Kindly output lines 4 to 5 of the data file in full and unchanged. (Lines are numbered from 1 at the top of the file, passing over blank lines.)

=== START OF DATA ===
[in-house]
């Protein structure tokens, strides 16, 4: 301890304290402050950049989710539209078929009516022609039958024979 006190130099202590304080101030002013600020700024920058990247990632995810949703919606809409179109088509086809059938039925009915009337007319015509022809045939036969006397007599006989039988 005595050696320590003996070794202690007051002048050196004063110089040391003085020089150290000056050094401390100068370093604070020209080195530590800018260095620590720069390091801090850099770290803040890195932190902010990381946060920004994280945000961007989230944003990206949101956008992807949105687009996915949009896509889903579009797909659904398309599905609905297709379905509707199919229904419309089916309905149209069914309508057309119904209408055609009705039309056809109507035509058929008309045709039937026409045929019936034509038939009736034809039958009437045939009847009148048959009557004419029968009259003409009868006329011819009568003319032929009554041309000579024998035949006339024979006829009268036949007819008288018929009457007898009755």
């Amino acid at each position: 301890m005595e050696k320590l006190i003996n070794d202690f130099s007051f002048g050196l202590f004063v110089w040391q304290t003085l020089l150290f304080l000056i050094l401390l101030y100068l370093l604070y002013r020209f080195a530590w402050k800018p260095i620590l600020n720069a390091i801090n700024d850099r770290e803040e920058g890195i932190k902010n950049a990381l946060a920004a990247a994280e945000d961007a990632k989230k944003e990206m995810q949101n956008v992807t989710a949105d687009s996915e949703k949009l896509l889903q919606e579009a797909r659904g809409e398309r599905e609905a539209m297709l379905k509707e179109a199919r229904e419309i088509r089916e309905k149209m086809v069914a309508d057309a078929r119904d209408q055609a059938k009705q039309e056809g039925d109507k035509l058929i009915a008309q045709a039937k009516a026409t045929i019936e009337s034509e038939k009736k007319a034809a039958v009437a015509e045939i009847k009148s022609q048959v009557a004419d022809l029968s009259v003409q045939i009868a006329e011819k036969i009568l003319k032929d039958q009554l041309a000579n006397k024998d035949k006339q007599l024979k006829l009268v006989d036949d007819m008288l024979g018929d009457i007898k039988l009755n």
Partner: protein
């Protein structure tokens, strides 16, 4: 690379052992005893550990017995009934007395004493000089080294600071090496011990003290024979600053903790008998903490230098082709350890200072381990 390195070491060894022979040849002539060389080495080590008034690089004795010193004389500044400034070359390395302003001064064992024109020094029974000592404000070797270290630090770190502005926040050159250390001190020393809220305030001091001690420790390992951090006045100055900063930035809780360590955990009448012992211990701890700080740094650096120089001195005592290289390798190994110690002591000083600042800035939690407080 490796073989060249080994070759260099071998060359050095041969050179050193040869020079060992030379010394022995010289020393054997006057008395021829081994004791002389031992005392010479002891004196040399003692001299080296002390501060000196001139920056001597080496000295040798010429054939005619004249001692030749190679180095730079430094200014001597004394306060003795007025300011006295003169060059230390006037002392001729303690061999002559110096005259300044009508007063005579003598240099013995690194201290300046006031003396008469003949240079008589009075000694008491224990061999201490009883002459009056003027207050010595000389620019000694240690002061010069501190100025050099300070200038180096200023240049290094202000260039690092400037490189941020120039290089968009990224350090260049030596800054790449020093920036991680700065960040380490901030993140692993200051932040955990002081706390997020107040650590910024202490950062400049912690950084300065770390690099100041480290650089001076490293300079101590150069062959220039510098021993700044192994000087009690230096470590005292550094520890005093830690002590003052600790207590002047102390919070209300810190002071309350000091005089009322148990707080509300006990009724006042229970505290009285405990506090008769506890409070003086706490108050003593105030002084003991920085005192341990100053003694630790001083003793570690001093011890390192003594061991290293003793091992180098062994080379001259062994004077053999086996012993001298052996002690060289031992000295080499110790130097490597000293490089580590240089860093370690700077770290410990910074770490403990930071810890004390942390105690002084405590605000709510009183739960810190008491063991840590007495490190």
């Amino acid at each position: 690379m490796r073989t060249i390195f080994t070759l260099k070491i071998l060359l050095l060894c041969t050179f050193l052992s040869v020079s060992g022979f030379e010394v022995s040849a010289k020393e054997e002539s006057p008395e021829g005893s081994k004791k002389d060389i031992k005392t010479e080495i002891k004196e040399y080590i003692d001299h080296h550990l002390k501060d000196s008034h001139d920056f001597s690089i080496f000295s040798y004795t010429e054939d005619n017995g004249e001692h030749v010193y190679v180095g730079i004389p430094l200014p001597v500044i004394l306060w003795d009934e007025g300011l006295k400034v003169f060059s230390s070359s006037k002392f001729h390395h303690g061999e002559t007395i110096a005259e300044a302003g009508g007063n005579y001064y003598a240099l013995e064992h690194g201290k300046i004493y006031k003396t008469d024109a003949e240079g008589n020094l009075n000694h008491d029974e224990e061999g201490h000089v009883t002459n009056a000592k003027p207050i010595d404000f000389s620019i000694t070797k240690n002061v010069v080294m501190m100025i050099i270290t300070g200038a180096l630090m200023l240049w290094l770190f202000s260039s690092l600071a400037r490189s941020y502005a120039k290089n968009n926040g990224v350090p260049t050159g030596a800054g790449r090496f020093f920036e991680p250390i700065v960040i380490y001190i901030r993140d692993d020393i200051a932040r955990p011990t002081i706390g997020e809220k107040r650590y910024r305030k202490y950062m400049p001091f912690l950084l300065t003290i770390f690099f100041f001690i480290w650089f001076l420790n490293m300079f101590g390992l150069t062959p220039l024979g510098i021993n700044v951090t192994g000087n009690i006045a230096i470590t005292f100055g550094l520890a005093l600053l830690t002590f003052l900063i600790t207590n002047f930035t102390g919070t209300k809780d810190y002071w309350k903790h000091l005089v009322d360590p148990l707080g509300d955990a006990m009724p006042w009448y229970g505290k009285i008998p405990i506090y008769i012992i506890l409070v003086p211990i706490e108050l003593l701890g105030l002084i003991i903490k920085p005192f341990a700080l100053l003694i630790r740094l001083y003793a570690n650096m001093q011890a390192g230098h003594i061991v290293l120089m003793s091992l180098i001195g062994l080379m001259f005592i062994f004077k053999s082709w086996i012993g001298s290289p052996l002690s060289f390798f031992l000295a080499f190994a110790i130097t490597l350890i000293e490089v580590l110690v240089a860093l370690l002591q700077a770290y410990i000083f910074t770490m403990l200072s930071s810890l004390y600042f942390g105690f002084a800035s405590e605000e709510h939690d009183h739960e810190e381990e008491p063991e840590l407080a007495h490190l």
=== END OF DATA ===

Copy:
Partner: protein
């Protein structure tokens, strides 16, 4: 690379052992005893550990017995009934007395004493000089080294600071090496011990003290024979600053903790008998903490230098082709350890200072381990 390195070491060894022979040849002539060389080495080590008034690089004795010193004389500044400034070359390395302003001064064992024109020094029974000592404000070797270290630090770190502005926040050159250390001190020393809220305030001091001690420790390992951090006045100055900063930035809780360590955990009448012992211990701890700080740094650096120089001195005592290289390798190994110690002591000083600042800035939690407080 490796073989060249080994070759260099071998060359050095041969050179050193040869020079060992030379010394022995010289020393054997006057008395021829081994004791002389031992005392010479002891004196040399003692001299080296002390501060000196001139920056001597080496000295040798010429054939005619004249001692030749190679180095730079430094200014001597004394306060003795007025300011006295003169060059230390006037002392001729303690061999002559110096005259300044009508007063005579003598240099013995690194201290300046006031003396008469003949240079008589009075000694008491224990061999201490009883002459009056003027207050010595000389620019000694240690002061010069501190100025050099300070200038180096200023240049290094202000260039690092400037490189941020120039290089968009990224350090260049030596800054790449020093920036991680700065960040380490901030993140692993200051932040955990002081706390997020107040650590910024202490950062400049912690950084300065770390690099100041480290650089001076490293300079101590150069062959220039510098021993700044192994000087009690230096470590005292550094520890005093830690002590003052600790207590002047102390919070209300810190002071309350000091005089009322148990707080509300006990009724006042229970505290009285405990506090008769506890409070003086706490108050003593105030002084003991920085005192341990100053003694630790001083003793570690001093011890390192003594061991290293003793091992180098062994080379001259062994004077053999086996012993001298052996002690060289031992000295080499110790130097490597000293490089580590240089860093370690700077770290410990910074770490403990930071810890004390942390105690002084405590605000709510009183739960810190008491063991840590007495490190």